Remember when we all were madly in love with Derrick Rose?
Remember when he was the hottest, freshest, most positive thing in the NBA, let alone hometown Chicago?
It wasn’t that long ago, you know — 2011 — when he became the youngest MVP in NBA history. Only 22. Gonna lead the Bulls forever.
It seems every year that goes by, the 6-3, 28-year-old point guard from Englewood — currently with the New York Knicks — reveals himself to be a little more fundamentally disconnected from the values, expectations, rituals and demands of being a superstar athlete performing in a business measured by talent, effort, behavior and desire.
You do not, for example, skip a game, as Rose did Monday night, because there was, as Rose stated, ‘‘a family issue’’ back in Chicago.
You just don’t do that.
Or if you do — and, yes, serious family problems can come up for all of us — you get permission to be absent from management, and you make sure your coach, teammates, general manager, ball boy, whoever, know what’s up.
None of which Rose did Monday, when he simply didn’t appear for the Knicks’ home game against the New Orleans Pelicans.
His excuse was lame, dim-witted, lacking a basic sense of cause-effect.
“I didn’t want any distractions to the team,’’ he said of why he told no one he was leaving.
Is it possible that in some time/space continuum a team’s star point guard can vanish without a word and nobody notices? This could be where Rose lives.
He certainly does not hang out in a galaxy where adult decisions are made routinely by adults who do not get charged with (and acquitted of) sexual assault, who do not mumble about how hard they’re trying to come back from injuries, then are rumored to not be trying hard at all, who say things that can only be interpreted as the words of someone who doesn’t care all that much.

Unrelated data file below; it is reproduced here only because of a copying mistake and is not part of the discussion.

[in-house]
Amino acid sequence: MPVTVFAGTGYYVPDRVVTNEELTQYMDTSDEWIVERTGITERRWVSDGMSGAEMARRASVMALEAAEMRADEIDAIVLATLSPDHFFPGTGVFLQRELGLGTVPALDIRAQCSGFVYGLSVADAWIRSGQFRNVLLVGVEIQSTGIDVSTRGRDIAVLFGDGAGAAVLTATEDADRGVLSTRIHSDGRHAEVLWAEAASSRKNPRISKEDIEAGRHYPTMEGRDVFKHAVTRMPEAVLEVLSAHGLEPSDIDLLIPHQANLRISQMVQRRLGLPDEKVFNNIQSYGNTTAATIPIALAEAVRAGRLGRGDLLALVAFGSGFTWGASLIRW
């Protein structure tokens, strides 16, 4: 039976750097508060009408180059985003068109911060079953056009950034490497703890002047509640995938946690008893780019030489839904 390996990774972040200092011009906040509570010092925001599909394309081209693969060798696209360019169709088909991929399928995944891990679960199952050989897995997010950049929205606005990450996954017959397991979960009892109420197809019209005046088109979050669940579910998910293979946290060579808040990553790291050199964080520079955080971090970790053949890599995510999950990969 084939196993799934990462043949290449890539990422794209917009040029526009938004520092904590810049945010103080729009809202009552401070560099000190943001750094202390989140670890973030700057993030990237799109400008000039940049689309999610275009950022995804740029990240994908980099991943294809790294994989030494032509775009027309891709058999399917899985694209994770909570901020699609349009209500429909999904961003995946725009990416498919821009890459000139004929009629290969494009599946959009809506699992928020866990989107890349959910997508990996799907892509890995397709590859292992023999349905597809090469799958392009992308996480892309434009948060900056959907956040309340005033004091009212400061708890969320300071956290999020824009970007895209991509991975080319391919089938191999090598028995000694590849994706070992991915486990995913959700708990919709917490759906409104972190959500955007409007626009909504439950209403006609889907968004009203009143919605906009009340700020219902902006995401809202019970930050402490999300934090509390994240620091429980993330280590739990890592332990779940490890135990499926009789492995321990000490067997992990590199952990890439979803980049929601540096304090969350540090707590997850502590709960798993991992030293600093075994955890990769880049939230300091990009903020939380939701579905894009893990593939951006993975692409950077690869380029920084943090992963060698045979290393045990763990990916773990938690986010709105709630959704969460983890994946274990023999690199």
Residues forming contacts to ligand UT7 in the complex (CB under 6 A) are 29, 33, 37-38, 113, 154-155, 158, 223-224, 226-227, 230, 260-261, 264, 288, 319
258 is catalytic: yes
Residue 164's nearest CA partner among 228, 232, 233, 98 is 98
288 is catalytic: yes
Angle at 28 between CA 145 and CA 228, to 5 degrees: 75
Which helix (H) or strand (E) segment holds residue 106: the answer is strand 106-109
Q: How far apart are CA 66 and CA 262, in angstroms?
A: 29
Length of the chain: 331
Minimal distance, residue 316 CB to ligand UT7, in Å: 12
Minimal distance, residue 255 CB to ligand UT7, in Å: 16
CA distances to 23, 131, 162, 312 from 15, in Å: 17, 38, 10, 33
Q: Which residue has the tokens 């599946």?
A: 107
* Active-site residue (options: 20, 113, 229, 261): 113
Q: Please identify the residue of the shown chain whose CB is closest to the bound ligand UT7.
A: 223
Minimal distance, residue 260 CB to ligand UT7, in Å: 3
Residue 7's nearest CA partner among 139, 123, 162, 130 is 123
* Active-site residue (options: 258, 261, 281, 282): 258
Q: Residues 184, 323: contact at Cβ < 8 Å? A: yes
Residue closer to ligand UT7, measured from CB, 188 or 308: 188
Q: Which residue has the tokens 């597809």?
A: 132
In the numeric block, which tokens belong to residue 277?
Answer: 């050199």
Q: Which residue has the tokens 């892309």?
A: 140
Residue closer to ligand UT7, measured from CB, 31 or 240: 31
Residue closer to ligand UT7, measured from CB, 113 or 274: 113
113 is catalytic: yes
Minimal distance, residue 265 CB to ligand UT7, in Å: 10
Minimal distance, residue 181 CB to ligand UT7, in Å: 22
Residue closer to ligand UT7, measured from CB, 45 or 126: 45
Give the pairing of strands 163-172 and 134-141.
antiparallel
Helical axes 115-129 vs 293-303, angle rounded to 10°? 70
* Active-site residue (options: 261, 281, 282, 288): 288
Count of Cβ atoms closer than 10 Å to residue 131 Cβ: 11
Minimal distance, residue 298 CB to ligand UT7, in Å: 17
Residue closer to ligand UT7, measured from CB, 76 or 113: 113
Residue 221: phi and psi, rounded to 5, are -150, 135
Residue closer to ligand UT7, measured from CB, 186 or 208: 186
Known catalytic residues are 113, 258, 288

Back in the day, we all loved Rose’s hell-for-leather attacking style on the court. But he’s not what he used to be, and Knicks coach Jeff Hornacek has benched him at crunch time recently, largely because his decision-making, leadership and defensive skills are suspect.
That’s not good, and you can imagine how wonderful it is when you throw in career non-champion Carmelo Anthony as the other veteran Knicks star.
Knicks president and former Bulls guru Phil Jackson, a septuagenarian who should be sniffing flowers in a verdant field but now must be racked by Dennis Rodman flashbacks, has made no comment on the Rose situation. This can’t be how Jackson saw his curtain call ending up.
Hornacek has acted as though everything’s fine now that Rose is back — courtesy of a private jet arranged by the Knicks — and has said Rose could start the game against the Philadelphia 76ers on Wednesday.
“His explanation with the family is totally understandable,” Hornacek said.
How do you discipline a star who makes $21 million a year? Fine him a little bit is what the Knicks did. Ow.
Back in the early days, Rose’s transgressions were seemingly minor and those of a kid, which is what we always called him. We always tried to make kindly sense of what he said because he was from a tough, impoverished background, reinterpreting his words so that the blame for saying, for instance, he wouldn’t risk his knees just for basketball became reasonable.
He didn’t really mean what he said, was our cover-up.
But when does that forgiveness end?
You know, it’s possible Rose doesn’t really want to play basketball anymore. It’s also possible that the MVP award he got wasn’t deserved — over LeBron James? — and that being a star so soon destroyed him. Or kept him from figuring out what the world is all about.
On Rose’s official website, there’s an ad for an apparel line that features this statement: ‘‘We’re All Just a Kid From Somewhere.’’
We are, indeed. Until we grow up and become adults, and act as such.
Before his rape trial in September, Rose said he wasn’t worried because ‘‘I feel like I didn’t do anything wrong, and I can’t let that distract me . . .’’
He added, ‘‘My concern is just playing well this year.’’
Of his latest unexcused absence, Rose said on Tuesday: ‘‘This wasn’t me.’’
Yes, it was.
Follow me on Twitter @ricktelander.